1. How do I file a complaint about a lawyer?
The Law Society of Alberta regulates the legal profession in the public interest by promoting and enforcing a high standard of professional and ethical conduct by Alberta lawyers.In order to effectively do our job, we rely on you, whether you are a member of the public, another lawyer or a member of the business community, to share information about your experience with lawyers.The information you provide is important. We carefully assess each matter brought forward according to a process that is fair and consistent for both you and the lawyer involved. When filling out our Information Concerning a Lawyer Form, you will be asked to provide background on the matter as well as your contact information. Going forward, information reported to the Law Society is no longer considered a complaint at the intake phase.
We assess your information to determine whether we can assist and, if so, whether to stream it to our discipline or early intervention processes.
The early intervention approach is a new process for proactively responding to concerns about lawyer conduct which may otherwise have been dismissed. The criteria for what goes into our discipline process remains unchanged.
2. What are matters of significant regulatory risk?
Lawyers are governed by the Legal Profession Act, the Rules of the Law Society of Alberta and the Code of Conduct. Any behaviour that breaches the requirements set out in these documents may be found to be of significant regulatory risk and deserving of sanction, based in part on decisions of Law Society hearing panels. These matters are addressed in our discipline process.Matters are reviewed to determine whether the public is at imminent risk and are addressed on a priority basis.
3. What should I expect after I provide information about a lawyer?
You will receive a letter acknowledging that we have received your information and periodic updates on the status of the matter.
4. What happens if I disagree with a decision made during intake or assessment?
You have 15 days to apply in writing to have the assessment reviewed by the Manager of Conduct.
5. How does early intervention improve lawyer service?
Early Intervention is a proactive and collaborative approach that supports increased lawyer competence and the improved delivery of legal services to all Albertans.We provide resources and programs to help lawyers achieve reasonable standards of professional and ethical conduct. Part of the process may involve working with you and the lawyer to get things back on track through resolution.We may work with a lawyer for a period of several months – or longer – with the file remaining open until the lawyer completes the recommended program(s). We have follow-up protocols in place to ensure lawyers are managing these issues on an ongoing basis.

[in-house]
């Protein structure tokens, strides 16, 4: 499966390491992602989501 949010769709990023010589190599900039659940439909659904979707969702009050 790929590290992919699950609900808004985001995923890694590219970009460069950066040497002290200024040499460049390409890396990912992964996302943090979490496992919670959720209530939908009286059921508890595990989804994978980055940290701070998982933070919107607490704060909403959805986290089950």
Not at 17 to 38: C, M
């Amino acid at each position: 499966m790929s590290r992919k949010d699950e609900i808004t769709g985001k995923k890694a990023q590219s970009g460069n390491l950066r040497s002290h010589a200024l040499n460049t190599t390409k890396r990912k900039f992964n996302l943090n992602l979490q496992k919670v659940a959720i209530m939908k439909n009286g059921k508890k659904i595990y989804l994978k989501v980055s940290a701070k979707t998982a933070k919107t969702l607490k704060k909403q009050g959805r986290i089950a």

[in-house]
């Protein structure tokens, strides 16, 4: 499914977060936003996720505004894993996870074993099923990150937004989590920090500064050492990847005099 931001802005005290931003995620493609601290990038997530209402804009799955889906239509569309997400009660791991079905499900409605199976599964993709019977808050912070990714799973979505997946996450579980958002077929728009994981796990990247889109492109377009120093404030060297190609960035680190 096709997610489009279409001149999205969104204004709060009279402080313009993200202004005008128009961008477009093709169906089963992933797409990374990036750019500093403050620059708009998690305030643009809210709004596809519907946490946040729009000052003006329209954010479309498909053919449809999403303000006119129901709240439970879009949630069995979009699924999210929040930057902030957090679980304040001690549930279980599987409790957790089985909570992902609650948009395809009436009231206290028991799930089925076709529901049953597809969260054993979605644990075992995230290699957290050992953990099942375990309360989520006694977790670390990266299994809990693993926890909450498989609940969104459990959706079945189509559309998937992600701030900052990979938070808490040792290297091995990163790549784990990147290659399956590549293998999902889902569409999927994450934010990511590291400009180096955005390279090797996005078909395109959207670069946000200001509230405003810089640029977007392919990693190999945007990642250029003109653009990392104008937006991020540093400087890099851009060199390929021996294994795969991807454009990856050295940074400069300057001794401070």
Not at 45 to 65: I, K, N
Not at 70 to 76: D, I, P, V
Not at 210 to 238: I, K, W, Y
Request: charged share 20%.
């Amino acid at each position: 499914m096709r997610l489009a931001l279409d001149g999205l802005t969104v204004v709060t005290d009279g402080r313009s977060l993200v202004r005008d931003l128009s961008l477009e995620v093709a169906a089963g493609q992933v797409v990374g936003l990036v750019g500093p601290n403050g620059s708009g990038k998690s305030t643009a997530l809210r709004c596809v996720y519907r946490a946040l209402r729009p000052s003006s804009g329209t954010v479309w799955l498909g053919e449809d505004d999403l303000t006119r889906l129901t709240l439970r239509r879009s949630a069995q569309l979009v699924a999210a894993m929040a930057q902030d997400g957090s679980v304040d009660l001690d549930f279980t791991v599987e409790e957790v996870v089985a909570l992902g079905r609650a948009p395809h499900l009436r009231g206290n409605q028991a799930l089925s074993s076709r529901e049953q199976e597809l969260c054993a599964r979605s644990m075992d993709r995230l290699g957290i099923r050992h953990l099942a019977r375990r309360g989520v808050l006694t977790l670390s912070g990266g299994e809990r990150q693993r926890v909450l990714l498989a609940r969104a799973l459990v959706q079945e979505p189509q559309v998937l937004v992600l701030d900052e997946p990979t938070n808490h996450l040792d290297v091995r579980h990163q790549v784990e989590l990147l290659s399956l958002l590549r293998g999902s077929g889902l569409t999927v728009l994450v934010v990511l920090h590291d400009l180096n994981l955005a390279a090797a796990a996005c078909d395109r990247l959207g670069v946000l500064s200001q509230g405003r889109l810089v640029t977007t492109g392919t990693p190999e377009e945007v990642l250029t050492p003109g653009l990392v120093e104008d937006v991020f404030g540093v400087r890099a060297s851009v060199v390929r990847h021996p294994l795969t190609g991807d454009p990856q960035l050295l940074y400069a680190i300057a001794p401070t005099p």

If this supportive approach is ineffective, matters may be directed to the discipline process.
6. Is lawyer participation in early intervention mandatory?
We ask lawyers to work collaboratively with us and take advantage of our recommended programs and resources. If lawyers decline, it will be noted in our records and forms part of our assessment of the lawyer’s ongoing conduct.
7. What happens if multiple customer service concerns have been raised about a lawyer?
The Law Society maintains a record of all matters brought to our attention. If the lawyer’s customer service does not improve despite early intervention, a disciplinary approach may be necessary.
8. How do I get a lawyer disciplined?
As the regulator, we carefully assess each matter brought forward according to a process that is fair and consistent for both you and the lawyer involved. The Law Society applies a rigorous test based on interpretation of the Legal Profession Act, Rules of the Law Society of Alberta and Code of Conduct, past decisions and lawyer history.
9. What if the lawyer didn’t do anything wrong?
The information will be assessed and if there are no concerns with the lawyer’s conduct, the matter may be closed.
10. Does early intervention actually work?
We believe early intervention is a proactive and collaborative approach to supporting lawyer competence and improving the delivery of legal services to all Albertans. This new process allows us to proactively respond to concerns about lawyer conduct which may otherwise have been dismissed. We may seek your feedback, as well as the feedback of the lawyer involved, to tell us more about the experience. We will monitor cumulative data and individual cases to determine if this process is effecting positive change for both the lawyers and the public they serve.
11. Who do I contact to provide information about a lawyer?
Email an Intake Specialist